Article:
Five ways the DfE has damaged teacher recruitment

Teacher training has always been too important to dabble with, as the implications of not getting the very best teachers in front of children in schools will affect the future of our country and society, explains Professor David Spendlove

We should all be seriously concerned about the Department for Education’s two recent communications on initial teacher training, both designed to lower the standards required for new recruits to the profession.

First, there was an unprecedented letter from the minister of state for school standards, Nick Gibb, to ITT providers about “maximising recruitment” by developing those who have the “desire and talent to teach” rather than getting hung up on “whether they are ready to teach at the point of entry” – in essence a naïve coded message to providers to lower the bar” on selecting trainee teachers.

The government has abandoned many of the key principles of its misguided ‘Training the next generation of outstanding teachers’ ITT strategy

This was followed today by the mid-year changes to the skills test requirements – removing the 24-month retake ban for anyone who fails the compulsory numeracy and literary skills test three times. Taken together, these are the biggest indicators so far that the DfE has simply messed up teacher supply and training over the last eight years.

The intention – also stated in Gibb’s letter – to use Ofsted as a lever to enforce the changes to the proposed ITT criteria, represents a clear indication of how desperate and out of ideas the DfE now is in relation to teacher recruitment.

The proposed changes come alongside a series of other unfortunate changes.

These include the move away from protecting school-led providers through the free-for-all of the new allocations process, the removal of regional allocations, leaving some parts of the country more vulnerable than others, the removal of allocations to providers based on the quality of their provision, and the movement away from differential bursaries linked to the quality of degree classifications.

Ultimately the government has abandoned many of the key principles of its misguided ‘Training the next generation of outstanding teachers’ ITT strategy and is now rudderless, without any clear  vision as to the future landscape of teacher preparation. So here are my five reasons why we are where we are.

The closure of the Training and Development Agency

The rapid closure of the TDA in 2012 was simply a reckless act. While I wouldn’t want to be misty-eyed about the agency, there was always a sense of joint endeavour between the TDA and providers in attempting to address recruitment and quality matters. Most significantly, the TDA had both significant and longstanding experience of ITT as well as relative independence from the government and as a consequence, could avoid the knee-jerk politics now played out in ITT.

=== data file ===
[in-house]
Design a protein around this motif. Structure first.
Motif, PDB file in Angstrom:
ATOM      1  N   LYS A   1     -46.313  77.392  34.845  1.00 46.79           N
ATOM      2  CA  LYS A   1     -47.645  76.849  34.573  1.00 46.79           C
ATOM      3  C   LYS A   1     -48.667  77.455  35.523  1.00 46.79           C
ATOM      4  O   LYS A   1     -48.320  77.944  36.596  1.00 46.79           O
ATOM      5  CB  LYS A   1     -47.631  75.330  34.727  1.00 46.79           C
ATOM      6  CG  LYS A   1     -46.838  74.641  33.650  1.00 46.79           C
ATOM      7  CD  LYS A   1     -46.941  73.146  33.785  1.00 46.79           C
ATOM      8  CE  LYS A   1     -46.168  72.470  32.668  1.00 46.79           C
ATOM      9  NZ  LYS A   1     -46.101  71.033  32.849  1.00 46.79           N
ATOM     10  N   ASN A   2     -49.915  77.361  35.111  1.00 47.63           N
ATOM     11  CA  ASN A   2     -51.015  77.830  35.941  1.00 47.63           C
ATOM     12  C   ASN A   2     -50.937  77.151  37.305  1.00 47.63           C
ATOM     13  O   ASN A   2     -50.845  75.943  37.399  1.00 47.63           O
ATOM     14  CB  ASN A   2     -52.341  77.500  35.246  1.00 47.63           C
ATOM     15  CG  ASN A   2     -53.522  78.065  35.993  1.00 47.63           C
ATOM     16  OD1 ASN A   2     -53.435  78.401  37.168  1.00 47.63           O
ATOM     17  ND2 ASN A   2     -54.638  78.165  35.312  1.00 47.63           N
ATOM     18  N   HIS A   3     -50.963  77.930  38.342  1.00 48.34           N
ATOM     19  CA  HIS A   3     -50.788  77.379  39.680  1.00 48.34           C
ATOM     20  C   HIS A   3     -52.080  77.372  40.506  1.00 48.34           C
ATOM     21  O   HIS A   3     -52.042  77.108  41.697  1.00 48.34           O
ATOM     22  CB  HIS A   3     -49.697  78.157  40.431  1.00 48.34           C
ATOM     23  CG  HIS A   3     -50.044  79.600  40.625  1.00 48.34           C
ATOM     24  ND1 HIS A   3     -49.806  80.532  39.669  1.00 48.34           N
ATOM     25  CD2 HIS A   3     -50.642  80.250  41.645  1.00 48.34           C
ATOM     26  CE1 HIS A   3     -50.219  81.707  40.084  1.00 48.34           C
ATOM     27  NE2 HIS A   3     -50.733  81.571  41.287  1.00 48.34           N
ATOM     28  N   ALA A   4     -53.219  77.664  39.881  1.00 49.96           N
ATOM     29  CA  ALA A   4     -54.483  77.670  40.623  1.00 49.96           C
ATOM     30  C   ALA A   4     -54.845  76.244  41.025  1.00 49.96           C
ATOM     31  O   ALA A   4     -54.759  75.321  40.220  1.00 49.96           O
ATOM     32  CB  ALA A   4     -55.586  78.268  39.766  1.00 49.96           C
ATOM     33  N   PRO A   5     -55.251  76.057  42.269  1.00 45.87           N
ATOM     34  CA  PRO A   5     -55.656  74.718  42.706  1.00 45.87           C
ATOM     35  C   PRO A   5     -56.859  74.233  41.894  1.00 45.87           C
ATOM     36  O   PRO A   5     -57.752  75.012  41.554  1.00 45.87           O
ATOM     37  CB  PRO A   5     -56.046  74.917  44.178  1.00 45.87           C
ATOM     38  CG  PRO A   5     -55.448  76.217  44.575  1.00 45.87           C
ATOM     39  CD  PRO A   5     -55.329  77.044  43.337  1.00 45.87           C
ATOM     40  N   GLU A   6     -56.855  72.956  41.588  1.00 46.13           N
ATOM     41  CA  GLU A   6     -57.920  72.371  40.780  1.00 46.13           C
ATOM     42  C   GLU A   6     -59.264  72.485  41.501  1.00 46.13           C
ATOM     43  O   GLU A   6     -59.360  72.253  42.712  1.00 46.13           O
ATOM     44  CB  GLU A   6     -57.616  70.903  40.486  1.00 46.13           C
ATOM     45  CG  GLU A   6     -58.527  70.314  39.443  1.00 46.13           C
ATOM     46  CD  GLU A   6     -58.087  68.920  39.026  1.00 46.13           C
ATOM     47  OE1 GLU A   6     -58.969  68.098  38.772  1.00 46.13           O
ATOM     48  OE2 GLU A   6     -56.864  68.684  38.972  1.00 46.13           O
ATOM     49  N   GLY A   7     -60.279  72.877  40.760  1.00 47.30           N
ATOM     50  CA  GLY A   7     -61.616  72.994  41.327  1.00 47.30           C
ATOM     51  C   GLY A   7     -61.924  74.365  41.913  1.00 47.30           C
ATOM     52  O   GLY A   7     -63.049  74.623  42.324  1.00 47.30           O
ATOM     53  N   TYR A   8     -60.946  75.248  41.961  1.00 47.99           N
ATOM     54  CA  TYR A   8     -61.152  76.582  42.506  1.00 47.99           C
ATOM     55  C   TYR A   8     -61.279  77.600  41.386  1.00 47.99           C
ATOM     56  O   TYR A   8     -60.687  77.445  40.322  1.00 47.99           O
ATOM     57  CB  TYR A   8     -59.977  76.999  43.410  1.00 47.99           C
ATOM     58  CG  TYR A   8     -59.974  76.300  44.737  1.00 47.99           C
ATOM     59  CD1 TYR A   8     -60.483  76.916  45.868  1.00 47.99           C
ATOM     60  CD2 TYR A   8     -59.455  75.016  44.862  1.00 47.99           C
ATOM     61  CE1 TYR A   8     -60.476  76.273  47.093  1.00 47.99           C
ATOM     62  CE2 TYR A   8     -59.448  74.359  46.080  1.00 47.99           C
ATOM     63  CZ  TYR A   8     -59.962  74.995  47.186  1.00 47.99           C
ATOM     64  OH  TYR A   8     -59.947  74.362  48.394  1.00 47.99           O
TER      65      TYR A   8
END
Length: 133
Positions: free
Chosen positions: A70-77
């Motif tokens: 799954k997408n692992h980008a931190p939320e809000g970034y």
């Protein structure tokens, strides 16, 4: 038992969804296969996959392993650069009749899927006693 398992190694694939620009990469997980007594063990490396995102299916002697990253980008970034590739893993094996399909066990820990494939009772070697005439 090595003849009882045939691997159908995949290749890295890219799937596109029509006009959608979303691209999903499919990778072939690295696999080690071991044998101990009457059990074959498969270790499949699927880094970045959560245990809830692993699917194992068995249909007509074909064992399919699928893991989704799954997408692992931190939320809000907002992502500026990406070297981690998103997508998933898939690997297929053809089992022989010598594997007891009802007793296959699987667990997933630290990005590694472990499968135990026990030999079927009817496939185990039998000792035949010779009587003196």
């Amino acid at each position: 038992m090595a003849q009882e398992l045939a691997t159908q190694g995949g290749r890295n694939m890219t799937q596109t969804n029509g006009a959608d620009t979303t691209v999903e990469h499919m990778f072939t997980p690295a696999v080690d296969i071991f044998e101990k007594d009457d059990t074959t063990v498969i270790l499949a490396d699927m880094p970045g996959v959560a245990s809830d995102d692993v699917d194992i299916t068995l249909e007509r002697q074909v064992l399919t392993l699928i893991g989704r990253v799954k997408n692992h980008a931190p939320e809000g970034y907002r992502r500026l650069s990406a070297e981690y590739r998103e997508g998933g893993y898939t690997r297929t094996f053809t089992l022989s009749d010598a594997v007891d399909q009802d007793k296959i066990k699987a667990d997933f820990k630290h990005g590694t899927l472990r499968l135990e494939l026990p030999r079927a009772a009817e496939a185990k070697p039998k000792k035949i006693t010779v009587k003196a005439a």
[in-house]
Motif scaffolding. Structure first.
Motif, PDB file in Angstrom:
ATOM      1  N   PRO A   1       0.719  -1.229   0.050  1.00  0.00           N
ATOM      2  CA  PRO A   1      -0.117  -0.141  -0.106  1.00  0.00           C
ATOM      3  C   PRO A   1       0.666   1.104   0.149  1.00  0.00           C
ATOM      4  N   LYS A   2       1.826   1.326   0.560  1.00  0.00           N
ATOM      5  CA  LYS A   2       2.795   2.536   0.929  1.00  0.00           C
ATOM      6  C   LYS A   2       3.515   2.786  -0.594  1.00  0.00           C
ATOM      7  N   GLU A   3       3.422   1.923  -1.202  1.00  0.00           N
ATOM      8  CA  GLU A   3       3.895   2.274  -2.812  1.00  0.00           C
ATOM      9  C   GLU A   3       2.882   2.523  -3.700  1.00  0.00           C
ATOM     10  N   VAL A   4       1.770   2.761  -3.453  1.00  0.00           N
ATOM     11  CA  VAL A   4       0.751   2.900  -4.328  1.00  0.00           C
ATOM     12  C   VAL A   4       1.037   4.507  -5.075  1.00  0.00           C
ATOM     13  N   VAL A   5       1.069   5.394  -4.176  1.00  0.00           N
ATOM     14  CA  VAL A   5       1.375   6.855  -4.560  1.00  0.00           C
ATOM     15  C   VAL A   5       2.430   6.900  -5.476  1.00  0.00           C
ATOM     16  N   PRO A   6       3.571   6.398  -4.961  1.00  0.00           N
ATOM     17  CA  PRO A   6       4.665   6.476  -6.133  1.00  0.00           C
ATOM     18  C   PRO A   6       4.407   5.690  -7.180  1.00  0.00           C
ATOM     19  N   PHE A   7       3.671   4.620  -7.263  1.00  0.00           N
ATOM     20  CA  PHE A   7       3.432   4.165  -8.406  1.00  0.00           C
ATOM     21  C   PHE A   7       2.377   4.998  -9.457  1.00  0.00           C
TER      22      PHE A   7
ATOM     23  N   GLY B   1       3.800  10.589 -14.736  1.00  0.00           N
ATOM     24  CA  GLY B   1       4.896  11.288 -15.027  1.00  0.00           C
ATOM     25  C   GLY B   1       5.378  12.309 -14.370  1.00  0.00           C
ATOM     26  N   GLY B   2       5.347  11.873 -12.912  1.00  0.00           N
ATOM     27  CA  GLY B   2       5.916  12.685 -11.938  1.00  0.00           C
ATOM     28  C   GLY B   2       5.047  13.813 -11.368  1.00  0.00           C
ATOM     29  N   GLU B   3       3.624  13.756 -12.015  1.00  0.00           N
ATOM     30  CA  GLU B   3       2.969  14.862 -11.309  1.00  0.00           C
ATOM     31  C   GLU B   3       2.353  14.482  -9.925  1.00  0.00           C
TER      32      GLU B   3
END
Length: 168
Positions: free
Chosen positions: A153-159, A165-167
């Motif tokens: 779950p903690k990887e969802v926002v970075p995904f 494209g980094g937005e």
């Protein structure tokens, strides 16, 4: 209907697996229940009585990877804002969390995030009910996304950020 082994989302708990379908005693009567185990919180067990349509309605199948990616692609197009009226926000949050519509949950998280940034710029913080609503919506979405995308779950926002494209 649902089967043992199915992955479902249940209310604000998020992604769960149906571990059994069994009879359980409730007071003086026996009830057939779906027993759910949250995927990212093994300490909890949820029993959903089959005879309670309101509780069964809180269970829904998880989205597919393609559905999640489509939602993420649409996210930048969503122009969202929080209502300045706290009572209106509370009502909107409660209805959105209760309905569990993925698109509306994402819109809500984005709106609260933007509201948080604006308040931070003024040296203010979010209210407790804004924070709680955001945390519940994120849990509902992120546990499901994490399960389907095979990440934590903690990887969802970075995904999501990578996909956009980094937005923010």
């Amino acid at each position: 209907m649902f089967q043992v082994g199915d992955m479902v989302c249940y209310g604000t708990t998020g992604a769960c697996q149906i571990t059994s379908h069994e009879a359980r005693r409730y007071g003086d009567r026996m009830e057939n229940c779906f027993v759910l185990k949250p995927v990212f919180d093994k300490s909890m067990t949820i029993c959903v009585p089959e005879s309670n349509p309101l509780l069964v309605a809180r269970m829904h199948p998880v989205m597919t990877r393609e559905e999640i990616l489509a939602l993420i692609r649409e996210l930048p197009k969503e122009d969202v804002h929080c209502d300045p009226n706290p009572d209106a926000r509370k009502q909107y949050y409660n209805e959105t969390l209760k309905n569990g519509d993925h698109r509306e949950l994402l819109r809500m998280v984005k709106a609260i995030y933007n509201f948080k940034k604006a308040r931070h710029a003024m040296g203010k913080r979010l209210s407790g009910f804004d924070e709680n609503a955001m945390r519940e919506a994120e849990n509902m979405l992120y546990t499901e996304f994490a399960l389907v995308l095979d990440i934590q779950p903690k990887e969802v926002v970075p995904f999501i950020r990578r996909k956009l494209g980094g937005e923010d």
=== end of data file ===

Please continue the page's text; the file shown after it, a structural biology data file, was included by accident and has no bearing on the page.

Attempting to create an ITT market

The divisive policy of firstly expanding the market of ITT providers through rapidly growing school-led provision, then making allocations changes designed specifically to increase the competition in the market, has simply backfired. The marketisation of ITT inevitably created an unmanageable system that the DfE has found difficult to manage and quality-assure.

The complexity of routes into ITT

Linked to number two above is the bamboozling array of ways to train to teach, which has merely caused confusion over the differences or similarities between the various routes into teaching. Added to this are the continual changes to bursaries from year to year, which as yet have no evidence of having an overall positive effect on recruitment.

Teacher morale and pay

Quite simply, existing teachers are the best advert for teaching. Prospective applicants take advice from current teachers. At present it would appear morale in the profession is low, specifically linked to lack of autonomy, workload and pay.

Changes within the DfE

The DfE lacks the kind of longstanding expertise in ITT that the TDA possessed. The rapid change in policy and turnover of staff (both civil servants and politicians) within the department has compounded this – having a damaging effect in establishing any coherence with policy and implementation.

There is no doubt there are significant problems that need addressing straight away, although the government also needs to develop a long-term strategy, working closely with providers, to put in place a meaningful approach to teacher supply and retention. This will require a move away from pantomime politics and ideological shtick and a move towards an unswerving  commitment to establishing a sustainable, capable and content profession.

Professor David Spendlove is strategic director of ITE at the University of Manchester

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  1. Another reason there are problems with recruitment and retention is in recent years the effort spent making able young people think teaching is no longer a career but something you do for a short while. England’s universities should ask themselves why unlike Scottish ones they chose to work with interests that promote this idea of teaching as a temporary job. It is not only the DfE that is to blame for the current mess.